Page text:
Neurosystems for National Security – MRN

More from and about the Mind Research Network.

The goal of NS2 is to translate high spatial and temporal resolution brain imaging, fMRI, MEG, and noninvasive brain stimulation into viable solutions for training soldiers and intelligence professionals to help them with real-time decision making and actions that avert injury and trauma. Noninvasive brain stimulation, specifically transcranial direct current stimulation (TDCS), is being used to attempt to influence the learning process, perhaps increasing the speed of learning or improving retention. TDCS utilizes scalp electrodes to deliver low amplitude direct currents to localized areas of the cerebral cortex (the superficial part of the brain), thereby modulating the level of excitability, or, put another way, increasing or decreasing the probability that neurons will talk to each other. “Even though TDCS has been applied to humans safely for decades, we are just beginning to learn how it helps to accelerate the learning process. Within the next couple of years, I expect great progress toward this goal,” says researcher Dr. Michael Weisend.

via Neurosystems for National Security – MRN.
See Also: tDCS at MRN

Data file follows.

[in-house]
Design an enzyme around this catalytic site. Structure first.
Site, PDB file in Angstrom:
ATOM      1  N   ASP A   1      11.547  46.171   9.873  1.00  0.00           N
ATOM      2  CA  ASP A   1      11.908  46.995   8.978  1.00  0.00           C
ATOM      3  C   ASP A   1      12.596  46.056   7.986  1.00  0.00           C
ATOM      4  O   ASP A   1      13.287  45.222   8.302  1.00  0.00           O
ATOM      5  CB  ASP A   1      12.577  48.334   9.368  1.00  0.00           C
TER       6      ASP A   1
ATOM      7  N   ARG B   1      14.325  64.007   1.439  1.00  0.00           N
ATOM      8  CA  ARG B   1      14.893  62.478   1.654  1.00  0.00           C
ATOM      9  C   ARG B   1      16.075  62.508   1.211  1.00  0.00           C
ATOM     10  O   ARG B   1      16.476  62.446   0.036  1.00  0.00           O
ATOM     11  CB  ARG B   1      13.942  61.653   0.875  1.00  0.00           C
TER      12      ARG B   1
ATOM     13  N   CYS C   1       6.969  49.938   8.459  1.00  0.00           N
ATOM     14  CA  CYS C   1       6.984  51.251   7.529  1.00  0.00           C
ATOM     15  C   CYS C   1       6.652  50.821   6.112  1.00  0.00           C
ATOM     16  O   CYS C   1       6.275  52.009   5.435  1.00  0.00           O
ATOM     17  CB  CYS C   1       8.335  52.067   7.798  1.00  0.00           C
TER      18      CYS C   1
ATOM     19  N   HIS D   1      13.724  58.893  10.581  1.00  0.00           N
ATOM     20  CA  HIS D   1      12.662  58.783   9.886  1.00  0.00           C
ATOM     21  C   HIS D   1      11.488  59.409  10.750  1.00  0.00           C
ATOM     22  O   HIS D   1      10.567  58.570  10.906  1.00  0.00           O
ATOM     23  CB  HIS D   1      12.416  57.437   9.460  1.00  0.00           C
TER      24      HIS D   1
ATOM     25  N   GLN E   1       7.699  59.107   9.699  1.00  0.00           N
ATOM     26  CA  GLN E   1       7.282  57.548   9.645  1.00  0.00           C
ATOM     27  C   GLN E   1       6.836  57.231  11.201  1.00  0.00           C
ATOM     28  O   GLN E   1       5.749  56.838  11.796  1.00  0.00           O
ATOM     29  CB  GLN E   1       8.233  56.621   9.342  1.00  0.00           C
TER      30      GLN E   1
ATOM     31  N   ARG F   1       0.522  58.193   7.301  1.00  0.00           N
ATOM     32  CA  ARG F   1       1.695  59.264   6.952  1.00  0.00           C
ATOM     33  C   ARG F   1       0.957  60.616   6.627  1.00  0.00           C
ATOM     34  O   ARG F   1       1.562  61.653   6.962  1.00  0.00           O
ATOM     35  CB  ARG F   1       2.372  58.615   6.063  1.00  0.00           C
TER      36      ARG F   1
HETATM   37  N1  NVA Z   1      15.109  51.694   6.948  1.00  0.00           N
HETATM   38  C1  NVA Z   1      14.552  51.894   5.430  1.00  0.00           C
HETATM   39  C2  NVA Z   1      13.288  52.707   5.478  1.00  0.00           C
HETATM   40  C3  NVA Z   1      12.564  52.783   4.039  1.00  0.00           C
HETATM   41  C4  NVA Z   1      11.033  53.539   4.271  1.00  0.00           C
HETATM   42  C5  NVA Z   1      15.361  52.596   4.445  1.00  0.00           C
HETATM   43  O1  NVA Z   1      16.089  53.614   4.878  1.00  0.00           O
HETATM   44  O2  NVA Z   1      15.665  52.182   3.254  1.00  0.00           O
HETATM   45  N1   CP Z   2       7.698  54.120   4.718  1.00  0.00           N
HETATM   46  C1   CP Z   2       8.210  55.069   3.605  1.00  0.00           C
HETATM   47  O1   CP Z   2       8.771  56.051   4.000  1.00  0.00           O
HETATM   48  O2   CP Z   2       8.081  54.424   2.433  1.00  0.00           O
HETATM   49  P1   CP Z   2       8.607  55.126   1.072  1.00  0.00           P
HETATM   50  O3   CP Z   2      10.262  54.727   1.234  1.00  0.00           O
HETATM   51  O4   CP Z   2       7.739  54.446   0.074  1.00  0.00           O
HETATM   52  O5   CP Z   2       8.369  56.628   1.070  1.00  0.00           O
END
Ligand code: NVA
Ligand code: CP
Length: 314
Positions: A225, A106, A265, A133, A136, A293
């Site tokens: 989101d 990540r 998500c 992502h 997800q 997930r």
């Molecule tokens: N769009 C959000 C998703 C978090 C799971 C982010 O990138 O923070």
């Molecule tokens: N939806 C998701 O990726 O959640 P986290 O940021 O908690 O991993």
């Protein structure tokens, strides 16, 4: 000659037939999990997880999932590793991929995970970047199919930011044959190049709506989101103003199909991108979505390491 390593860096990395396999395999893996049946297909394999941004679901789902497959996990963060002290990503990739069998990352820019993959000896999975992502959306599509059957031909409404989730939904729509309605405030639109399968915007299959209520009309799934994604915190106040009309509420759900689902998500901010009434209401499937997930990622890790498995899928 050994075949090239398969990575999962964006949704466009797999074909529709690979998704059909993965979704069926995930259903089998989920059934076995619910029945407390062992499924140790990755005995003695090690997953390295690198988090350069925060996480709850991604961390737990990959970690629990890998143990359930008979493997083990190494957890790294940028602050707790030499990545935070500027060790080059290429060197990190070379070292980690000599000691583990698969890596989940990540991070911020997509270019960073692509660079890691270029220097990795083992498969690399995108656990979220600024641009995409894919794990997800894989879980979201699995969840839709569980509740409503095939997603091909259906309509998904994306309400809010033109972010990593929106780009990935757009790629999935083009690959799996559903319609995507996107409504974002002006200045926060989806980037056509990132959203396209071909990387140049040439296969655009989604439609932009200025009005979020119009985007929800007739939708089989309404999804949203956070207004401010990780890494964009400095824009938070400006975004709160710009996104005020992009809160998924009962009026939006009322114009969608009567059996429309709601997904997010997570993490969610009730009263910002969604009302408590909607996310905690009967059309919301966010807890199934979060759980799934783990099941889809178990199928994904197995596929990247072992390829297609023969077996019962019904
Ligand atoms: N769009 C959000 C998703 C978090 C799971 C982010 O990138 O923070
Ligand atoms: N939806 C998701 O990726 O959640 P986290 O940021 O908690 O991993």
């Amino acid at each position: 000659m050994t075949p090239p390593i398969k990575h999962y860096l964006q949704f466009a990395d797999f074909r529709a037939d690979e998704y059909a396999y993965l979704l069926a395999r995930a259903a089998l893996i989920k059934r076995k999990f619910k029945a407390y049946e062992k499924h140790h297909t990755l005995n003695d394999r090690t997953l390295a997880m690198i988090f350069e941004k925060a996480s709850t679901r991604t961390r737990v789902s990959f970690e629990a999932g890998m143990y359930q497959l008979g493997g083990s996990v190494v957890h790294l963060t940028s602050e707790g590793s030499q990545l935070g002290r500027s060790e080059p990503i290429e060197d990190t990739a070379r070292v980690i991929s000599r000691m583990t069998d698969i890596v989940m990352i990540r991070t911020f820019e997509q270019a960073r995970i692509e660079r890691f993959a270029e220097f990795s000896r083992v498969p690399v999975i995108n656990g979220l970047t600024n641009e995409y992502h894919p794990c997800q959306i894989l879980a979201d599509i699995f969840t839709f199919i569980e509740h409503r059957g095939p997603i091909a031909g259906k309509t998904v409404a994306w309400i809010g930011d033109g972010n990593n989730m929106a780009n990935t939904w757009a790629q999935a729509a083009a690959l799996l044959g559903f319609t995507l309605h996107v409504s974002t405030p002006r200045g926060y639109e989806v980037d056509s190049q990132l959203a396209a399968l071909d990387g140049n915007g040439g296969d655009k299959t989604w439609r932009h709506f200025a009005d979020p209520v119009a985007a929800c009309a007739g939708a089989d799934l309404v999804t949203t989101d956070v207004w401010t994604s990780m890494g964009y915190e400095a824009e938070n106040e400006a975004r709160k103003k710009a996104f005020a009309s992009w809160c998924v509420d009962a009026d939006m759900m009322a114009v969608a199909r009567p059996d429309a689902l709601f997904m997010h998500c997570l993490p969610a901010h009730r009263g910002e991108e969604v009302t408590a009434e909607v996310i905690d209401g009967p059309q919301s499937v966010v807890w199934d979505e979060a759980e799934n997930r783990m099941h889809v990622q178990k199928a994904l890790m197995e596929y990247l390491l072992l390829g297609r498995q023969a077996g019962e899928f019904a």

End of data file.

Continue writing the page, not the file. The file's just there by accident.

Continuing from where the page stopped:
Is Electricity the New Smart Drug? – Percolator – The Chronicle of Higher Education

I called Weisend recently to see what he thought of people experimenting with tDCS. “In the DIY crowd they don’t have the neuroimaging to start the process and know where to place the electrodes,” he told me. “Their success and their safety are going to be limited.” In the laboratory, subjects go through two or three sessions of tDCS over a week. What happens long term if you do more than that? Nobody knows. And the equipment you order from some random person online may not be as reliable as what’s used in a laboratory.

That said, Weisend believes tDCS can be done safely, and he thinks it might be used to prevent memory loss in the elderly or to help patients recover from traumatic brain injuries. He’s tried tDCS on his own brain hundreds of time and hasn’t suffered any deleterious effects—with the notable exception of a few skin burns that were severe enough to leave scars. “You get attached to your work, I guess,” he says.

via Is Electricity the New Smart Drug? – Percolator – The Chronicle of Higher Education.